Myths and Misconceptions
Myths and Misconceptions
- If I return a baby bird to its nest, the mother will know I've touched it and will reject it.
- Parent birds can pick up their babies and bring them back to the nest.
- Mother birds will push their young out of the nest if they are defective, or when it is time for them to leave.
- All baby animals can be fed bread and milk.
- Wild animals, including baby birds, know exactly what they should and should not eat and will never swallow anything that is bad for them.
- To "eat like a bird" means to eat very little food.
- Wild birds make good pets.
- In the spring, birds that are repeatedly banging into windows want to come into the house.
- Birds can protect themselves from our pet cats.
- Wild birds that are hurt like to be held and petted by people. It calms them down.
- Injured birds will act very debilitated and make a lot of noise when in pain.
- Hurt wild birds will bleed a lot, so any injuries will be very visible.
- If I find a wild bird in trouble, a good place to take it might be a veterinarian, zoo, or pet store. Or I can always ask someone who owns a pet bird what to do.
- If left alone, hurt birds will heal on their own.
- Birds are not smart (hence the expression "birdbrained").
- Wild birds that look big and fat are pregnant.
- A bird cage is a good place to put wild birds.
Most birds will look for a missing baby bird for at least 4 days. An uninjured baby bird that has simply fallen from the nest can be returned to its nest, and the parent birds will continue to care for it. However, you must make sure before returning a baby to the nest that it has no injuries, and you must make sure you return it to the correct nest. If a baby has injuries, it must be treated for the injuries or it will not survive. Also, baby birds depend on the warmth of their nestmates. So if you do find an uninjured baby and can locate its nest, you will be doing the parents and the siblings a huge favor by returning the baby to its home.
(Please note: children should not handle wildlife. If you are a child who has found a bird who needs help, please get a grown-up to help you.)
Unlike mammals, birds cannot digest milk at all. They lack the enzymes needed to digest lactose in any form. And there is no nutrition in bread that a young bird can use for growing during its critical first fourteen days of life.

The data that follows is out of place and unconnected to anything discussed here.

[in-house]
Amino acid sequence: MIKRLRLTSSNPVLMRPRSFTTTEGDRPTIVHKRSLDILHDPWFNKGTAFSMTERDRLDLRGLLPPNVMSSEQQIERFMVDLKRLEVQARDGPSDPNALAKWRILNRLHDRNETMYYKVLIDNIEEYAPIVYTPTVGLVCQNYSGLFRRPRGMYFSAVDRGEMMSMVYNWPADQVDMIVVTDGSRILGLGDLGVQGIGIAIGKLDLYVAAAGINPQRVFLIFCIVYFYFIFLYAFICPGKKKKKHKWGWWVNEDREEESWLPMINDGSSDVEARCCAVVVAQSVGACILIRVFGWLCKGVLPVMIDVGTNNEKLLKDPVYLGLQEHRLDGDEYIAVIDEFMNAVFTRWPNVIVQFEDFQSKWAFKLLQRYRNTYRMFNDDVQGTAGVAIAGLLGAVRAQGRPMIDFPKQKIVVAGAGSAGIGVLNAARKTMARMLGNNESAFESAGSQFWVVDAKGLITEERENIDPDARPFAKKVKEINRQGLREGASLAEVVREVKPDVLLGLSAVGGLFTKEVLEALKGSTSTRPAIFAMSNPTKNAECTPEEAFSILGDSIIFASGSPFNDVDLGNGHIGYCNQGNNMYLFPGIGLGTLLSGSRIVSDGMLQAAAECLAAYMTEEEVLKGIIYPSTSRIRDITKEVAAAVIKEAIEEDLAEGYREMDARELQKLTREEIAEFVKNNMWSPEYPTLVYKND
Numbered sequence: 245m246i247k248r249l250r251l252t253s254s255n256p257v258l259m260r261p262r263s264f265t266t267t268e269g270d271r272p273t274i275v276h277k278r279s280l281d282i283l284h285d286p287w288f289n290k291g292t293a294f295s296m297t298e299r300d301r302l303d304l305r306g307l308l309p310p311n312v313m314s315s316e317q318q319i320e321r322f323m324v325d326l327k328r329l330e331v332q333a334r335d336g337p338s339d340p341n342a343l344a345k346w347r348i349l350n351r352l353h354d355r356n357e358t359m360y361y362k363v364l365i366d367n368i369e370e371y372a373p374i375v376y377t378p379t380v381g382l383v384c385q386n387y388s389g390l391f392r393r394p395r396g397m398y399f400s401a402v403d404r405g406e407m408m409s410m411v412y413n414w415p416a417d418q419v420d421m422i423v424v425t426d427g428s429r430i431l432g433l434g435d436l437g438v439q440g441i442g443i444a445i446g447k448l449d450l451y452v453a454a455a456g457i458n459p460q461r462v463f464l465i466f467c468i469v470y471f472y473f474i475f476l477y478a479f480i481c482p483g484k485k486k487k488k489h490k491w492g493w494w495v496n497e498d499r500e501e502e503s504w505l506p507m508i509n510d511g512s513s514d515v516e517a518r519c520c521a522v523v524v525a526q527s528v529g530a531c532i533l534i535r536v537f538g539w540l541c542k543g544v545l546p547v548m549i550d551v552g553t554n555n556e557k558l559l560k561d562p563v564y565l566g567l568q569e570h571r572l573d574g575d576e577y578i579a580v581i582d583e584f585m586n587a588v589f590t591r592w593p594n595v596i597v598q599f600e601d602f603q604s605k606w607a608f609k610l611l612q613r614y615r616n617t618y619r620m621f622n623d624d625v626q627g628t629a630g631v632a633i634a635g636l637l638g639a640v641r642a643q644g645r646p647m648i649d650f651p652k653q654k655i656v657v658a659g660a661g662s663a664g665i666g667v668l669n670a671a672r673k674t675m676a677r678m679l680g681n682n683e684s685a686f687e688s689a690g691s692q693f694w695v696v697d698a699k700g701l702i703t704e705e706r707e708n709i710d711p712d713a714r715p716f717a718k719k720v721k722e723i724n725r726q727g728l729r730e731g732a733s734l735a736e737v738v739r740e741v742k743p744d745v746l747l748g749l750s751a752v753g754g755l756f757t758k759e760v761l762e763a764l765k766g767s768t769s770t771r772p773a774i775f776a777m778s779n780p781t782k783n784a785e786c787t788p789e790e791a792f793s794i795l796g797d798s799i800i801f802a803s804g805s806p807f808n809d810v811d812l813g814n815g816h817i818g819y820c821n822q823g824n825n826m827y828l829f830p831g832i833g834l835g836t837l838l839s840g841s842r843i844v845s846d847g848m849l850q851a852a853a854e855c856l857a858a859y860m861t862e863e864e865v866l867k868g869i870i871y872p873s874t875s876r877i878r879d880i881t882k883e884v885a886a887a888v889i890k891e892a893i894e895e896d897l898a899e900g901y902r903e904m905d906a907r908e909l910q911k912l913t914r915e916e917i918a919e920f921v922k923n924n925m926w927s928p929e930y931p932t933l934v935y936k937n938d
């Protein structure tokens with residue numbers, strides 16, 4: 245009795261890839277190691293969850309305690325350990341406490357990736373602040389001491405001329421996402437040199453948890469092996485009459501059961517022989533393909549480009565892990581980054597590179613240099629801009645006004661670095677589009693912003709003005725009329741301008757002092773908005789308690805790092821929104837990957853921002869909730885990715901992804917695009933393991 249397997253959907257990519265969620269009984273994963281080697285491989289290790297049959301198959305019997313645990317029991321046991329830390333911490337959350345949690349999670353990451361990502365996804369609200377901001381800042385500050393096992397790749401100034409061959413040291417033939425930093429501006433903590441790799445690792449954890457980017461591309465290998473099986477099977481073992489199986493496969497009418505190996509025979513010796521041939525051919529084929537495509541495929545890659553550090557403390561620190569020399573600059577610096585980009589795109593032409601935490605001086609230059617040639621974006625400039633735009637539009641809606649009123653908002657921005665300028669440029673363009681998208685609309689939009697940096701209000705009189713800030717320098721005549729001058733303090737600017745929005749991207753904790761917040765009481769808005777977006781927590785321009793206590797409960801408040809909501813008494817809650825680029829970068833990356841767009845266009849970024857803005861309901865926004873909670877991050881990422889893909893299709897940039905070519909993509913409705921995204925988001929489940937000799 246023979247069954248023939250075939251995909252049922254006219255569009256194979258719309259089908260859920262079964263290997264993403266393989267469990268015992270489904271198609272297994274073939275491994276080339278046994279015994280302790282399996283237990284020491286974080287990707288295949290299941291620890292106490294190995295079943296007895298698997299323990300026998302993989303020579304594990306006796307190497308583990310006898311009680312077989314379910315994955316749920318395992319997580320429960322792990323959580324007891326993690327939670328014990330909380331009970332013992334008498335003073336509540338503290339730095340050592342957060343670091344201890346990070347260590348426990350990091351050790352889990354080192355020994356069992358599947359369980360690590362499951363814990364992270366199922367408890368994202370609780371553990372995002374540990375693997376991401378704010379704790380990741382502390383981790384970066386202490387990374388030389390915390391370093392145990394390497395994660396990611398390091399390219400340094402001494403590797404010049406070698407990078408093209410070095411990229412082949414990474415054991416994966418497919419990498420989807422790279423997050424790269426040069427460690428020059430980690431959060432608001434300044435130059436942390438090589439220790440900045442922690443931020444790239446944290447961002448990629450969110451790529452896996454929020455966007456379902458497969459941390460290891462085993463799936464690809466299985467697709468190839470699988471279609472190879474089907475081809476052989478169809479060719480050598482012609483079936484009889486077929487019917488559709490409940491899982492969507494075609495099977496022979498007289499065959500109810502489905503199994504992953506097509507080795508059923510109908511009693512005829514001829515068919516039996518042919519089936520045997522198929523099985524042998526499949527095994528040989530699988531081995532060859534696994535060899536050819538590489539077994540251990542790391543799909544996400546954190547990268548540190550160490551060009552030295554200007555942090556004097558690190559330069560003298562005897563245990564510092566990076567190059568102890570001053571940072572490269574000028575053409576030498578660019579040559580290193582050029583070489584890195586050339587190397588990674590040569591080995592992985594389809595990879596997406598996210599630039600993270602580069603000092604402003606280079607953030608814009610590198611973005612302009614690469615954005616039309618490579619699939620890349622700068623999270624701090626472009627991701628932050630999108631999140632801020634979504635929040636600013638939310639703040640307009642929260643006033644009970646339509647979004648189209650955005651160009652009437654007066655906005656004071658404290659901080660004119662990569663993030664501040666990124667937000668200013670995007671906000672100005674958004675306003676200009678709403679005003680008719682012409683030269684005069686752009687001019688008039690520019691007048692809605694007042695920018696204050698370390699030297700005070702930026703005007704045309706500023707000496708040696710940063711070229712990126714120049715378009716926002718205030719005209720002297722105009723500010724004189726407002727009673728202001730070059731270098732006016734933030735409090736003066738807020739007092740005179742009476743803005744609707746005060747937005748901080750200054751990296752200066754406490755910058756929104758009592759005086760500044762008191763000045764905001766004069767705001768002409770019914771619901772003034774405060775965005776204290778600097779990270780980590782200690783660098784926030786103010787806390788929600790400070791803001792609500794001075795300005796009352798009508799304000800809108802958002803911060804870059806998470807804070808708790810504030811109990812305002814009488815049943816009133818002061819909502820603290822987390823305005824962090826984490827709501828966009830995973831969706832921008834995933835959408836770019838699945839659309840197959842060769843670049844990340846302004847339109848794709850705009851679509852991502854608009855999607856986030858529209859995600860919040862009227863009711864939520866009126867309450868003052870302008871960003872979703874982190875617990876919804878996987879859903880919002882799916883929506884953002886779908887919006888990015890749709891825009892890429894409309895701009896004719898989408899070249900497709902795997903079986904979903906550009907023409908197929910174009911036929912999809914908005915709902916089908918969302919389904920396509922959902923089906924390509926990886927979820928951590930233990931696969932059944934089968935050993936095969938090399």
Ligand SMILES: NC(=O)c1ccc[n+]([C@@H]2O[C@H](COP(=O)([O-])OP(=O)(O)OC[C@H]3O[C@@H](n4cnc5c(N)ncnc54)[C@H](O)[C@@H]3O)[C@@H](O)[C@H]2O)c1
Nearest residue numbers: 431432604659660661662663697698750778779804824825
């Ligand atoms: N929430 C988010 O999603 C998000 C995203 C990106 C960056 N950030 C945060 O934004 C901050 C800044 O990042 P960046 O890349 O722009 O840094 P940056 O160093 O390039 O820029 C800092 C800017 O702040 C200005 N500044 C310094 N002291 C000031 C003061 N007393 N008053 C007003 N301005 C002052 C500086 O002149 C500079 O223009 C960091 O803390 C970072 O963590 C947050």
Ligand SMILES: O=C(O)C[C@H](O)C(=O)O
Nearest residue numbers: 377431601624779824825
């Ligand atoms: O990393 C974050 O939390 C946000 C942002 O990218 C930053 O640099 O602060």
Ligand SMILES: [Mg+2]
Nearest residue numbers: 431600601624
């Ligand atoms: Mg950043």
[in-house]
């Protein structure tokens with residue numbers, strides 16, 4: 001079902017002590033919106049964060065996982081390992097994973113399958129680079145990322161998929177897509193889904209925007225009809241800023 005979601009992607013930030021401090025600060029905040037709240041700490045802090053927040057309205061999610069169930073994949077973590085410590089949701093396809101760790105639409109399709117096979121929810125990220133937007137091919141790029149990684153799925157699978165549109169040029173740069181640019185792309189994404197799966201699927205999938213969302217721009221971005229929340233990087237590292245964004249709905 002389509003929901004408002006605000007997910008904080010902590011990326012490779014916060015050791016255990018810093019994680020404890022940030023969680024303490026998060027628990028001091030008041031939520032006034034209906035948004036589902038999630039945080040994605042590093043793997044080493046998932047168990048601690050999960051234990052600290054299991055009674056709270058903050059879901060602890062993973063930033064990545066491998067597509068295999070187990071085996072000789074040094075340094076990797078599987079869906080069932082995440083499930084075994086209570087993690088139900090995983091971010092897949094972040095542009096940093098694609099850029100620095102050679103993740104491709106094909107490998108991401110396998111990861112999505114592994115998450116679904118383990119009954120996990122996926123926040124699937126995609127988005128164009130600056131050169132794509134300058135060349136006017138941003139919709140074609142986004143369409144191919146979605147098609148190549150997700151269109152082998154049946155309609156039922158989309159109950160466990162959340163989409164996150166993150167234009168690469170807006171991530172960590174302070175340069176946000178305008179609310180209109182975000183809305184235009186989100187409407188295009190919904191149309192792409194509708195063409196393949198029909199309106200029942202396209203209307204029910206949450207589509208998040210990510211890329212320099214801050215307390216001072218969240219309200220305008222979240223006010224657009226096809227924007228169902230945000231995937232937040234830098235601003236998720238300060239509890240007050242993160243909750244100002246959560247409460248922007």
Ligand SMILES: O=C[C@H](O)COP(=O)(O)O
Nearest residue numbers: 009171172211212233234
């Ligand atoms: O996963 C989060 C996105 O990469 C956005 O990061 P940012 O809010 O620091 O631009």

Do not believe anyone who tells you to feed any form of dairy product or bread to baby birds! Baby birds get very sick and often die when fed incorrectly. Always get the facts directly from a licensed Wildife Specialist before you offer any food to a wild bird -- or any other wild animal.
Baby birds are not the only ones who don't always know what's good for them. Many household chemicals are confusing and hazardous to wildlife and pets. Cats, for example, have been known to lap at pools of antifreeze. It tastes sweet, but it is deadly poison. Also, no animal can tell in advance whether the food it is about to ingest has been contaminated with a pesticide which is likely to harm it.
So don't assume that just because an animal accepts what you give it that you are giving it the right thing. If you are trying to rescue an animal, make sure you have confirmed with a Wildlife Specialist exactly what you should offer the animal before you start feeding it. If you must use pesticides, choose them carefully and use them very sparingly. And never leave household chemicals lying around or allow automotive chemicals to pool under your vehicle.
While parent birds will try to warn their young that a cat is nearby, many fledgling wild birds are bitten each spring and summer and will die from a bacterial infection in about 48 hours. While these birds can be treated with antibiotics if found in time, the best solution is to keep cats indoors during the day in spring and summer months.
Baby birds, even when injured or sick, are programmed to to beg for food, for survival reasons.
This is why birds can be very deceptive about the state of their health; they have to be. To the untrained eye they may appear normal, but in reality may be very hurt or weakened, conditions which may only become apparent upon examination by an experienced Wildlife Specialist.
Feathers hide a multitude of sins. Generally in order to see bird wounds, each feather has to be moved aside to expose the skin underneath. Because it is easy to injure a bird, this kind of examination should only be undertaken by or under the supervision of a trained Wildlife Specialist.